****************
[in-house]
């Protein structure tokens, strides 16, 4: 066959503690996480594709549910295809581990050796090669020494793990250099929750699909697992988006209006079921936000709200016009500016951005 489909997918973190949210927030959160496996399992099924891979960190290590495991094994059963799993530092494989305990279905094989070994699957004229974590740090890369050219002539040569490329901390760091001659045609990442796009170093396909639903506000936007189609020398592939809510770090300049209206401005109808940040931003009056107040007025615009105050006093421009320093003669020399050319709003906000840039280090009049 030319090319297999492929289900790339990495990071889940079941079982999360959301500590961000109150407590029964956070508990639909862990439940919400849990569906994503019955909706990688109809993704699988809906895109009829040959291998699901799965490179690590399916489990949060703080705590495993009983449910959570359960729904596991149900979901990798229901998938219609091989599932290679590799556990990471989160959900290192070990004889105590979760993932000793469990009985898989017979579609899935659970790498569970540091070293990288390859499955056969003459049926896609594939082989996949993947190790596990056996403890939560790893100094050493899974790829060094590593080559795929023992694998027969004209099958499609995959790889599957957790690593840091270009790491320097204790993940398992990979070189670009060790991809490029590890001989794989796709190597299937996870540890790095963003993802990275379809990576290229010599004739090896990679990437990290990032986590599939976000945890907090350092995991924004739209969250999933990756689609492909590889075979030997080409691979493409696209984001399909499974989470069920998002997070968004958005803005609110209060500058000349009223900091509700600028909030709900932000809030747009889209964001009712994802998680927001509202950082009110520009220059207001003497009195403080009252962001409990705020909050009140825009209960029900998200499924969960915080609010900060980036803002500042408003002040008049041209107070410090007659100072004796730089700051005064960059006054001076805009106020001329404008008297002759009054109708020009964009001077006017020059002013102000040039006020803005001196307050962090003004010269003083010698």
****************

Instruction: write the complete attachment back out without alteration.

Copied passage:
[in-house]
């Protein structure tokens, strides 16, 4: 066959503690996480594709549910295809581990050796090669020494793990250099929750699909697992988006209006079921936000709200016009500016951005 489909997918973190949210927030959160496996399992099924891979960190290590495991094994059963799993530092494989305990279905094989070994699957004229974590740090890369050219002539040569490329901390760091001659045609990442796009170093396909639903506000936007189609020398592939809510770090300049209206401005109808940040931003009056107040007025615009105050006093421009320093003669020399050319709003906000840039280090009049 030319090319297999492929289900790339990495990071889940079941079982999360959301500590961000109150407590029964956070508990639909862990439940919400849990569906994503019955909706990688109809993704699988809906895109009829040959291998699901799965490179690590399916489990949060703080705590495993009983449910959570359960729904596991149900979901990798229901998938219609091989599932290679590799556990990471989160959900290192070990004889105590979760993932000793469990009985898989017979579609899935659970790498569970540091070293990288390859499955056969003459049926896609594939082989996949993947190790596990056996403890939560790893100094050493899974790829060094590593080559795929023992694998027969004209099958499609995959790889599957957790690593840091270009790491320097204790993940398992990979070189670009060790991809490029590890001989794989796709190597299937996870540890790095963003993802990275379809990576290229010599004739090896990679990437990290990032986590599939976000945890907090350092995991924004739209969250999933990756689609492909590889075979030997080409691979493409696209984001399909499974989470069920998002997070968004958005803005609110209060500058000349009223900091509700600028909030709900932000809030747009889209964001009712994802998680927001509202950082009110520009220059207001003497009195403080009252962001409990705020909050009140825009209960029900998200499924969960915080609010900060980036803002500042408003002040008049041209107070410090007659100072004796730089700051005064960059006054001076805009106020001329404008008297002759009054109708020009964009001077006017020059002013102000040039006020803005001196307050962090003004010269003083010698």